In Food Marketing Institute v. Argus Leader Media, the U.S. Supreme Court held that government agencies can withhold a private company’s records from public disclosure under Exemption 4 of the Freedom of Information Act (“FOIA”) if the company has treated the information as confidential and also received promises from the government agency to maintain the information’s confidentiality. The Court’s decision overturned the definition of confidential established over forty years ago in Nat’l Parks & Conservation Ass’n v. Morton.
Exemption 4 of the FOIA protects “trade secrets and commercial or financial information obtained from a person [that is] privileged or confidential.” According to the FOIA Guide, Exemption 4 is is intended to protect the interests of both the government and submitters of information. The exemption also affords protection to those submitters who are required to furnish commercial or financial information to the government by safeguarding them from the competitive disadvantages that could result from disclosure. The exemption broadly covers two broad categories of information in federal agency records: (1) trade secrets; and (2) information that is (a) commercial or financial, and (b) obtained from a person, and (c) privileged or confidential.
Argus Leader Media (a local newspaper in South Dakota) filed a FOIA request with the United States Department of Agriculture (USDA), seeking the names and addresses of all retail stores that participate in the national food-stamp program—known as the Supplemental Nutrition Assistance Program (SNAP)—and each store’s annual SNAP redemption data from years 2005 to 2010. The USDA declined to disclose the store-level SNAP data, invoking FOIA’s Exemption 4. The South Dakota newspaper was not satisfied with the USDA’s FOIA response and filed suit to compel disclosure of each participating store’s annual sales data.
Previously, precedent from lower federal courts had created a hurdle for Exemption 4 to apply. A private company would need to show that disclosure of information would cause “substantial competitive harm.” Following circuit precedent, the District Court in the underlying case employed this “substantial competitive harm” test, under which commercial information cannot be deemed “confidential” unless disclosure is “likely . . . to cause substantial harm to the competitive position of the person from whom the information was obtained.” Both the trial and appellate courts followed this line of cases. They ruled that the USDA must disclose the annual sales data for participating stores. The courts agreed that revealing store-level SNAP data could work some competitive harm, but it could not say that disclosure would cause “substantial competitive harm,” and thus ordered the information to be disclosed.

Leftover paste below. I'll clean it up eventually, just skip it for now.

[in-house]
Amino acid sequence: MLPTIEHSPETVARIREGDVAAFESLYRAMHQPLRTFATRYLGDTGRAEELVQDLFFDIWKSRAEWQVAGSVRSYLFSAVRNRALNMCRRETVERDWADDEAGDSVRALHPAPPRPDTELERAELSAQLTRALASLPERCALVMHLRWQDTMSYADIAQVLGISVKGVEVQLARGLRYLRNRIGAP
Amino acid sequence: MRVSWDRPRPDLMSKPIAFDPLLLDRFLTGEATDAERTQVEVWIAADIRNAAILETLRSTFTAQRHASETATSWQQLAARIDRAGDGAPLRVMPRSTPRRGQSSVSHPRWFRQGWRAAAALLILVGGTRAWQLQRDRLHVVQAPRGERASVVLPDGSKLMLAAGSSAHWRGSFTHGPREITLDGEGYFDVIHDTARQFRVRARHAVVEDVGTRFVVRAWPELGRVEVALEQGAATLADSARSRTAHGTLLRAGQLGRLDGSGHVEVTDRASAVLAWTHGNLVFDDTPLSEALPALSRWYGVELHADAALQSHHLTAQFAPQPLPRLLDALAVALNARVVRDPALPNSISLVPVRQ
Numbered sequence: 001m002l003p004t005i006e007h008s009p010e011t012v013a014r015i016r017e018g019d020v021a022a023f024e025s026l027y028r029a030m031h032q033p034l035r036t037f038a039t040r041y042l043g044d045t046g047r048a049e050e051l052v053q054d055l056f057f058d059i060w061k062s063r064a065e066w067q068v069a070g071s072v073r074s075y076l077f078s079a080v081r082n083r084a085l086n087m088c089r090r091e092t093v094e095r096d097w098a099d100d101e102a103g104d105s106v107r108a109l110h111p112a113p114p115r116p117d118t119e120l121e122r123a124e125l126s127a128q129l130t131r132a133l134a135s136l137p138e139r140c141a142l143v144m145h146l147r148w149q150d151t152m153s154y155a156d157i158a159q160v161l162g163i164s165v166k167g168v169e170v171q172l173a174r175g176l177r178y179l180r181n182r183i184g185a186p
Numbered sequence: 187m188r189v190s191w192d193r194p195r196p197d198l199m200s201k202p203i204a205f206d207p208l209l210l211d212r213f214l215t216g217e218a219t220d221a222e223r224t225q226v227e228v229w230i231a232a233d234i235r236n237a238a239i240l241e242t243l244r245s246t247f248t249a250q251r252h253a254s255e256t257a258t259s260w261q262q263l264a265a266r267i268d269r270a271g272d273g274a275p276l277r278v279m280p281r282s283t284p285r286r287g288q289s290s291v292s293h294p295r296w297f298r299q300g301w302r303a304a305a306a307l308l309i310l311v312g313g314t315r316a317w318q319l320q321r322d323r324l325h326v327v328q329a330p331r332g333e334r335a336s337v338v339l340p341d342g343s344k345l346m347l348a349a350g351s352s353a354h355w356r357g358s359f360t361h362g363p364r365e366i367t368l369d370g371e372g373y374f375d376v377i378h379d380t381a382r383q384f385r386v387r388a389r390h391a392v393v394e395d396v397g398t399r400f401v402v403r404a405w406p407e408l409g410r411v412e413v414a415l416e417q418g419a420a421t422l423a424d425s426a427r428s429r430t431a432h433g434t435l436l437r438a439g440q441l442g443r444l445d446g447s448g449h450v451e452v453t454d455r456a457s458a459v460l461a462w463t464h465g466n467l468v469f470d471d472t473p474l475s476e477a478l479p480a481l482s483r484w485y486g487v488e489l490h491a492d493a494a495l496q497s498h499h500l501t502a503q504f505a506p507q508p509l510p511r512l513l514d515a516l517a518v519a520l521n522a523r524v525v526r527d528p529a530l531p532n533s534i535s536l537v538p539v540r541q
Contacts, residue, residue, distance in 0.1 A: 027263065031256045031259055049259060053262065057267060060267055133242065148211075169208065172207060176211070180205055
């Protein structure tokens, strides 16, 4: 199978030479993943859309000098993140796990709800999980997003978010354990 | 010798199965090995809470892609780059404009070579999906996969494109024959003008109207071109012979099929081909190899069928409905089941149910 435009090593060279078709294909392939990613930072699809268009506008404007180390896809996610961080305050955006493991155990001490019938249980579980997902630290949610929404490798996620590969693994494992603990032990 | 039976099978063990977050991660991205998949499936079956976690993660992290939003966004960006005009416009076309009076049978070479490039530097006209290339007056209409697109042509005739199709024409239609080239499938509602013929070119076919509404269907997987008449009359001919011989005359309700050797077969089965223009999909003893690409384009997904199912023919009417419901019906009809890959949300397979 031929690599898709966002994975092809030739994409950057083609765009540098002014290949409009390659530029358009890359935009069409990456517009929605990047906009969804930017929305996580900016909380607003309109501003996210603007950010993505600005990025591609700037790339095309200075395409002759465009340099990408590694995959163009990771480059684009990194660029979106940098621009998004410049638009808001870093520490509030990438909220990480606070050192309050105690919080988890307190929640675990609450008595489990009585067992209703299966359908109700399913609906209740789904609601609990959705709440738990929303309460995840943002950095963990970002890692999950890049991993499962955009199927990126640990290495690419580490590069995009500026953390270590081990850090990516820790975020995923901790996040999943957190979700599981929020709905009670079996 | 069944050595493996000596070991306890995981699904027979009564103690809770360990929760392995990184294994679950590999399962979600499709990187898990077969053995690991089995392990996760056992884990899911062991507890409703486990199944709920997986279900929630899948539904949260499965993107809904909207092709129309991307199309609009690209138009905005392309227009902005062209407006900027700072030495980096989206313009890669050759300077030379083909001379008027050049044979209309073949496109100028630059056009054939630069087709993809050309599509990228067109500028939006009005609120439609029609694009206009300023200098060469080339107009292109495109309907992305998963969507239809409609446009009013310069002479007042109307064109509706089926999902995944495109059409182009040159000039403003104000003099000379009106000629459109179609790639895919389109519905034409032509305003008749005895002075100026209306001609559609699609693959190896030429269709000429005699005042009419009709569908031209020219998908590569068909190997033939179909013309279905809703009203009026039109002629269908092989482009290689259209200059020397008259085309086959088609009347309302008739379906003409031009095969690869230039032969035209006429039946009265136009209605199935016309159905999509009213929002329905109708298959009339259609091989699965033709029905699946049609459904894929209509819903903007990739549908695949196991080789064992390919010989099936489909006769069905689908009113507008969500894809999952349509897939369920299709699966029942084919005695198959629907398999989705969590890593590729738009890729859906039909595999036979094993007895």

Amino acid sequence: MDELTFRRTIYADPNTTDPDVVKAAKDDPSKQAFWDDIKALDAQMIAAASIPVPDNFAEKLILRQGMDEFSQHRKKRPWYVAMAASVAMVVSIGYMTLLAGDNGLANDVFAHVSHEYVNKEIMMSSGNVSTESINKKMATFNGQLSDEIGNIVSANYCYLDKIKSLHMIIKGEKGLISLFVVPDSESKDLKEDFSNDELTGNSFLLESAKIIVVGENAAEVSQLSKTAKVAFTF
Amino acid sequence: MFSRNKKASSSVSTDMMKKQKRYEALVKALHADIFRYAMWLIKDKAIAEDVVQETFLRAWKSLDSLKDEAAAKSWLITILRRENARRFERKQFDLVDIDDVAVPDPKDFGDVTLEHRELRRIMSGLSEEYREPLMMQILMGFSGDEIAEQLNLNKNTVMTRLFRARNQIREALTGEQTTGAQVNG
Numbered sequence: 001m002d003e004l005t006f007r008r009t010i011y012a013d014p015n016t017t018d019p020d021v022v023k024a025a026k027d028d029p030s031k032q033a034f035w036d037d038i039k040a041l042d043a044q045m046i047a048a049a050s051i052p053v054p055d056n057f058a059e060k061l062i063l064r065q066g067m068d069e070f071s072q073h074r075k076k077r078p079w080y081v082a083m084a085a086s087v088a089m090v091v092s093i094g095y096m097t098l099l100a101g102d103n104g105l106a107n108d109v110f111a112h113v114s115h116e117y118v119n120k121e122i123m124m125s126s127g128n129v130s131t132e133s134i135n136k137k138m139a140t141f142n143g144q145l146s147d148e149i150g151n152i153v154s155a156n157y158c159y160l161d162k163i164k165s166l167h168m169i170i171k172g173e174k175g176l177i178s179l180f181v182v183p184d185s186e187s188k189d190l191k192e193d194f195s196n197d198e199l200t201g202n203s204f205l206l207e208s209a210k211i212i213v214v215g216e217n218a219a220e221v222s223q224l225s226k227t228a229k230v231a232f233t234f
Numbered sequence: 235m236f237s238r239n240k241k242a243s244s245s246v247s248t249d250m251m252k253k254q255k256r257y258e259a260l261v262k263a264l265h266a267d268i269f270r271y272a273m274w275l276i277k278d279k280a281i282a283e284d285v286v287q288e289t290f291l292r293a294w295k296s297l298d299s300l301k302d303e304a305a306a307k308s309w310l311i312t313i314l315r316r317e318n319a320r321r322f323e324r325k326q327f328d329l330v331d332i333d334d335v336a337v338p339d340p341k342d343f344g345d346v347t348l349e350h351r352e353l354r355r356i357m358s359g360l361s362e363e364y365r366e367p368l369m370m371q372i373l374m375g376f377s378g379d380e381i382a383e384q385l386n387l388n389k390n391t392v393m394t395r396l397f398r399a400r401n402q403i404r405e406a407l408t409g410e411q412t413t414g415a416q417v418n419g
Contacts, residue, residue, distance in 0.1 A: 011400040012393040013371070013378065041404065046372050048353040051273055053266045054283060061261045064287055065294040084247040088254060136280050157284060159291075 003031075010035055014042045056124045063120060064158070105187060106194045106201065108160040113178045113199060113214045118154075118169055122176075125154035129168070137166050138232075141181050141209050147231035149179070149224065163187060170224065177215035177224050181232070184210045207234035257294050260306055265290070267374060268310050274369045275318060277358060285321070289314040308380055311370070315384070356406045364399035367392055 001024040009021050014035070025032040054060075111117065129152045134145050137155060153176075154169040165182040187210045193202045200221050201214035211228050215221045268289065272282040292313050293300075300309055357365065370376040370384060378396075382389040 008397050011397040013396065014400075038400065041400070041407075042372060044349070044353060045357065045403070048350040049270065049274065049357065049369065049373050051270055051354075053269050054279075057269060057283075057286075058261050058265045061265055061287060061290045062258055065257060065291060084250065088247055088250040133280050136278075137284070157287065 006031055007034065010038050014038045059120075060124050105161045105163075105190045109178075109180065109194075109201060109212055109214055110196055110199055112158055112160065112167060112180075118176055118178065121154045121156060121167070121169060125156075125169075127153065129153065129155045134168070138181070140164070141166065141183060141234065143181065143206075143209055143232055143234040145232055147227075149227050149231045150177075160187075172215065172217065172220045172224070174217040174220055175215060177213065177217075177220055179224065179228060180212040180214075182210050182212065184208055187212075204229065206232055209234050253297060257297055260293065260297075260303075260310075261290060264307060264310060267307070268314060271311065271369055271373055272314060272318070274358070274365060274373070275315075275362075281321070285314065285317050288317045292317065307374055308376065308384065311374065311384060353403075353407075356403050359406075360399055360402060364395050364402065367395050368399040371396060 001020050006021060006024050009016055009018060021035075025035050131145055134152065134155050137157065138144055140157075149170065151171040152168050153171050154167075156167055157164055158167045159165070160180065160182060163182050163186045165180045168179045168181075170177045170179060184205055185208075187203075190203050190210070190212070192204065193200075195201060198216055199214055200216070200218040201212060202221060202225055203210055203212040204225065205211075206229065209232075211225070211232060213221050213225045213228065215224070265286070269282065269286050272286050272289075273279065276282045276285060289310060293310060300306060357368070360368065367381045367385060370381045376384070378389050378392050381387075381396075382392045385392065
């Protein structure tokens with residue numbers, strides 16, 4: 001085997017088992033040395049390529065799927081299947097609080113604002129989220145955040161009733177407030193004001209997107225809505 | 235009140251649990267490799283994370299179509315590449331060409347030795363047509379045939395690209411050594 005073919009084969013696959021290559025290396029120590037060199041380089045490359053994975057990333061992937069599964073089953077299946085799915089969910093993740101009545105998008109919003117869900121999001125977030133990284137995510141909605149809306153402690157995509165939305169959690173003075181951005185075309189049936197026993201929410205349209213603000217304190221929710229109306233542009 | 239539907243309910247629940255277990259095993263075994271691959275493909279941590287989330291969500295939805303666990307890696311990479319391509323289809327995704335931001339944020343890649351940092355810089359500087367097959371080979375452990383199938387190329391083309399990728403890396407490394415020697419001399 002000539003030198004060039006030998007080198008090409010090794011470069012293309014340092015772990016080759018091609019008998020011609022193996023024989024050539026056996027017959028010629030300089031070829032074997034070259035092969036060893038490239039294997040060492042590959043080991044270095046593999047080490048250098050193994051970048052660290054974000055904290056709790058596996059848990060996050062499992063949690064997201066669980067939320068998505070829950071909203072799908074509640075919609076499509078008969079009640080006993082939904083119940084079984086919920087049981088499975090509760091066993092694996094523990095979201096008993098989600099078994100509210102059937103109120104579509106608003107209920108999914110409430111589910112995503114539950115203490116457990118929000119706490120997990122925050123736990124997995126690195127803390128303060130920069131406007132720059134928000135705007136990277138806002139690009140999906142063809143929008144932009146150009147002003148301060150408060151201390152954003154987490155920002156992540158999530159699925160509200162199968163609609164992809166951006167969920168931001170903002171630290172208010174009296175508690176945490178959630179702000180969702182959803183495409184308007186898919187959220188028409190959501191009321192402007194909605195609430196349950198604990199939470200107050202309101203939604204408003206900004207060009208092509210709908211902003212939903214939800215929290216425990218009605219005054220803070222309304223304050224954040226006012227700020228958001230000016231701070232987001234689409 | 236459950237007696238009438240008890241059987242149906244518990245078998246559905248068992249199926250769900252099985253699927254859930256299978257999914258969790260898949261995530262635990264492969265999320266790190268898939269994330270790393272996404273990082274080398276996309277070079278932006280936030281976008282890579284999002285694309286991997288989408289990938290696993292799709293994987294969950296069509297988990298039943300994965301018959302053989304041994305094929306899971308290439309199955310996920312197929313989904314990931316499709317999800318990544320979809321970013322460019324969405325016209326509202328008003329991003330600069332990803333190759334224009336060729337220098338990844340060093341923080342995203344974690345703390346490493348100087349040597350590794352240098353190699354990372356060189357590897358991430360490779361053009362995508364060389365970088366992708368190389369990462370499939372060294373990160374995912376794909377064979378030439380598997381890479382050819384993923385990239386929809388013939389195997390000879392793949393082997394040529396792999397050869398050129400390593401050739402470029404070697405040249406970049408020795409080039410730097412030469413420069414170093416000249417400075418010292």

The Supreme Court, however, refused to apply the “substantial competitive harm” test. Instead, it relied solely on the words of the statute. The Supreme Court found that Exemption 4 protects confidential, commercial, or financial information, and that the ordinary meaning of “confidential” is anything kept private or secret. The Supreme Court concluded that a private company’s information will remain “confidential” and protected from disclosure under Exemption 4, so long as the private company customarily and actually treats the information as private and has received assurance from the government that it will maintain the information’s confidentiality.
Accordingly, during its review, the Supreme Court of the United States reasoned that disclosure of the contested data would cause its members some financial injury in the highly competitive grocery industry; this concrete injury would be directly traceable to the judgment ordering disclosure; and a favorable ruling from the SCOTUS would redress the retailers’ injury by reversing that judgment.
The Supreme Court’s ruling adds significant protections for private companies. Companies must be sure to clearly designate information as confidential as well as receive assurances from the government before disclosing it.
In addition, the U.S. Department of Justice has stated that as “with all significant FOIA developments,” the Office of Information Privacy will issue guidance and provide training on the impact of this decision.
About Harrison Oldham
Harrison grew up in Mansfield, Texas. He attended Texas A&M University for his bachelor’s degree, where he met his wonderful wife, Kelsey. After graduating magna cum laude from Texas A&M, he attended SMU Dedman School of Law, graduating with honors in 2012. Today, Harrison and his wife live in Dallas, Texas with their son, Teddy.
Since graduating from SMU Law, Harrison has worked exclusively in the field of business law. He has spent time in private practice and in-house, working with clients of every size; from single person startups to Fortune 250 companies. Today his practice focuses on serving the diverse needs of businesses and individuals throughout Texas.
You can learn more about him by visiting his website, at: http://